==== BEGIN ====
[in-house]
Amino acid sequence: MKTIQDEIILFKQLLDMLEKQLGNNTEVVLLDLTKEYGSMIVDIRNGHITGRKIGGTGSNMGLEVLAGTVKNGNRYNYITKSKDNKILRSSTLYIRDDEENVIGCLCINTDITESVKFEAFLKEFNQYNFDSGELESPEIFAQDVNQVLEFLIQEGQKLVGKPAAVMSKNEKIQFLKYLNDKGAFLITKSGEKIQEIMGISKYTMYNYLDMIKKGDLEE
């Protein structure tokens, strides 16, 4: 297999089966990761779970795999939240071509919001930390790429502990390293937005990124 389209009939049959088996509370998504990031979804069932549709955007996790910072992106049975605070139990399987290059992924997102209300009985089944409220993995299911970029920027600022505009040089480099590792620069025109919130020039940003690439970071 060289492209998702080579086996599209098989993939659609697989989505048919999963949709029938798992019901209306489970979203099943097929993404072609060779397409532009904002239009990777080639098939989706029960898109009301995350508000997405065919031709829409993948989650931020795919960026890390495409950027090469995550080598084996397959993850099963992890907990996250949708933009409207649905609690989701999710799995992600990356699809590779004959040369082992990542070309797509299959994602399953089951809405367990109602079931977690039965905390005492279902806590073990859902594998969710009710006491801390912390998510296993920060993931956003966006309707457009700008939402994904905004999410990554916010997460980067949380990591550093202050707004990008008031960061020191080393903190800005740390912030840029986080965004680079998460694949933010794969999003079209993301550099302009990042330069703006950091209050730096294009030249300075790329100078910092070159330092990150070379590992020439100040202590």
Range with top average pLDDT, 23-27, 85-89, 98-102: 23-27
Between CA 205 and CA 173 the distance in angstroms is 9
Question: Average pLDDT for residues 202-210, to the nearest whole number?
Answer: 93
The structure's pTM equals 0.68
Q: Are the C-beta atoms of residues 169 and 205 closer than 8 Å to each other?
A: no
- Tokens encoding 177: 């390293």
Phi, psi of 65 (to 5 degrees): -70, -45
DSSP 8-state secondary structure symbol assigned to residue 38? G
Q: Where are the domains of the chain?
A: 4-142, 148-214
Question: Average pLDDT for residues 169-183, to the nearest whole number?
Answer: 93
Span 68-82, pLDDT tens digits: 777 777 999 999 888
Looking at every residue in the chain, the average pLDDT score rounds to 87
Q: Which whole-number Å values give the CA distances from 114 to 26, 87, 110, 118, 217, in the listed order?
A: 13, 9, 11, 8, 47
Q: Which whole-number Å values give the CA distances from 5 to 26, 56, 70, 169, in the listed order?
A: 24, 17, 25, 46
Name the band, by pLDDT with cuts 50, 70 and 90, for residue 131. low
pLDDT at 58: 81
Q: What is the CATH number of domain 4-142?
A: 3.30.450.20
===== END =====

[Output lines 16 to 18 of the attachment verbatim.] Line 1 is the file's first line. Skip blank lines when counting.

Question: Average pLDDT for residues 169-183, to the nearest whole number?
Answer: 93
Span 68-82, pLDDT tens digits: 777 777 999 999 888